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• Tips for Teachers Acid-Base Solutions

Introduction Screen

My Solution Screen

In this screen, students explore the properties of acids and bases using particulate level

diagrams, graphs and tools such as a pH meter, pH paper, and a conductivity tester.

Hanson, November 2015

Students create solutions to explore the differences between strong versus weak and

concentrated versus dilute acidic or basic solutions.

USE the balanced

equation to

compare what

happens when

acids and bases

dissolve in water.

CHOOSE solution

to investigate.

MEASURE solution

conductivity.CREATE an acidic

or basic solution

DISPLAY molecules

or a graph in beaker

to identify solution

components.

SELECT pH meter,

pH paper or

conductivity meter

to determine

solution properties.

MEASURE the pH

of the solution.

VARY the initial

concentration of the

solution.

CHANGE the

relative strength of

the acid or base.

• Insights into Student Use

Students often confuse acid/base strength and concentration. For example, students often

think that a stronger acid means the acid is more concentrated.

In a classroom study, we found that students tend to think that pH measures the strength of an

acid or base.

Interviews revealed that students who had not received instruction on acids and bases found

the generic representations of acids (HA) and bases (B) confusing at first. You may wish to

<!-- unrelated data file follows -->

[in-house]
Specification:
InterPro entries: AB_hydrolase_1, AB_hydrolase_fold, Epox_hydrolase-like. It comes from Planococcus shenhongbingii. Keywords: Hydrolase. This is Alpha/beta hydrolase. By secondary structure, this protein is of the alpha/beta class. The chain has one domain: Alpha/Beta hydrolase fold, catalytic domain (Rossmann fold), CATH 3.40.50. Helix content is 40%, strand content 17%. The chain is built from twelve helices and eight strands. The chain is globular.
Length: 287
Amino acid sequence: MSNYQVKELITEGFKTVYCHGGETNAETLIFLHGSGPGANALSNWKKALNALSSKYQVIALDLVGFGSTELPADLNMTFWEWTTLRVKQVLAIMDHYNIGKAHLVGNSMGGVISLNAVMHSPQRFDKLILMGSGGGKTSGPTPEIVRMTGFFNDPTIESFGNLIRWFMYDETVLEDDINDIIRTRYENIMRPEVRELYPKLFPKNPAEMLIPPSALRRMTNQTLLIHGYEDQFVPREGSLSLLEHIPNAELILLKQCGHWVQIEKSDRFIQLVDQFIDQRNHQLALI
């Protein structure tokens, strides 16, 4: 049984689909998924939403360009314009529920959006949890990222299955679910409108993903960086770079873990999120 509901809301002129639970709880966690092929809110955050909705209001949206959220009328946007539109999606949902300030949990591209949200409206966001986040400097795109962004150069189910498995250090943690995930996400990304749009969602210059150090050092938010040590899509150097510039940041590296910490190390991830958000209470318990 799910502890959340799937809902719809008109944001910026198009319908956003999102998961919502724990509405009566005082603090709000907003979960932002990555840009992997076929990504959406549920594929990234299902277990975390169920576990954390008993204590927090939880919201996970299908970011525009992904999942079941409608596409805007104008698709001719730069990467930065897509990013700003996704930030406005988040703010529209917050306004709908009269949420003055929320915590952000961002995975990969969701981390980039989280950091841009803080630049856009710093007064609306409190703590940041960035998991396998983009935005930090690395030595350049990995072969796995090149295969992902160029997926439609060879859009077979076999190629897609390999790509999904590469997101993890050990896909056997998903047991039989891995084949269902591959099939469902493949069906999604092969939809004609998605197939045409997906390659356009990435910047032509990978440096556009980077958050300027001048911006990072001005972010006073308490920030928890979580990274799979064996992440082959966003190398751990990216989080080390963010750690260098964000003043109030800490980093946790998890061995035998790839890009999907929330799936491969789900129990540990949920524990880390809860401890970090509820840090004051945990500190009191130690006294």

introduce the idea of generic representations by first giving examples of real compounds (e.g..

HCl and HF) and then introducing the generic representation before students interact with the

simulation.

Many students are not aware that the initial concentration of an acid or base can be different

than the equilibrium concentration. The graph is labeled to show it measures the

concentrations of all species at equilibrium.

Model Simplifications

The number of particles in the magnifying glass is related to the equilibrium concentration. We

chose to ignore the autoionization of water for acid and base solutions.

Because the actual values are hidden in the Introduction screen, students can use the

equilibrium concentrations to calculate the initial concentration of acid/base and Ka/Kb. The

initial concentration is 0.01 M for all solutions and the equilibrium constant is 1x10-7 for the

weak acid/base.

We chose to hide the K values in the My Solution screen, enabling students to focus on the

concept of strength. The K values for the weak/strong slider range in value from 1x10-10 to

1x102 on a log scale.

The pH meter and pH paper must be dipped into the solution to measure pH. Students can use

this feature to predict the pH for different solutions.

When using the conductivity probe, both electrodes must be placed into the solution to

measure conductivity. The luminance of the bulb is modeled as linear with pH, and water is

given a small conductivity. Note that the conductivity of distilled water is not measureable with

equipment typically available to students.

Suggestions for Use

Sample Challenge Prompts

List the properties of acidic and basic solutions using what you have observed in the

simulation.

What ions are present in an acidic solution? What ions are present in a basic solution?

Describe the difference between a strong and weak acid or base.

Describe the difference between a acid strength (strong versus weak) and acid concentration

(concentrated versus dilute).

A student claims, Strong acids always have a lower pH than weak acids. Do you agree or

disagree with this claim? Use evidence from the simulation to support your reasoning.

What happens to the pH of an acidic solution as the initial concentration is increased? Why do

you think this happens?

See all activities for Acid-Base Solutions here.

For more tips on using PhET sims with your students, see Tips for Using PhET.

Hanson, November 2015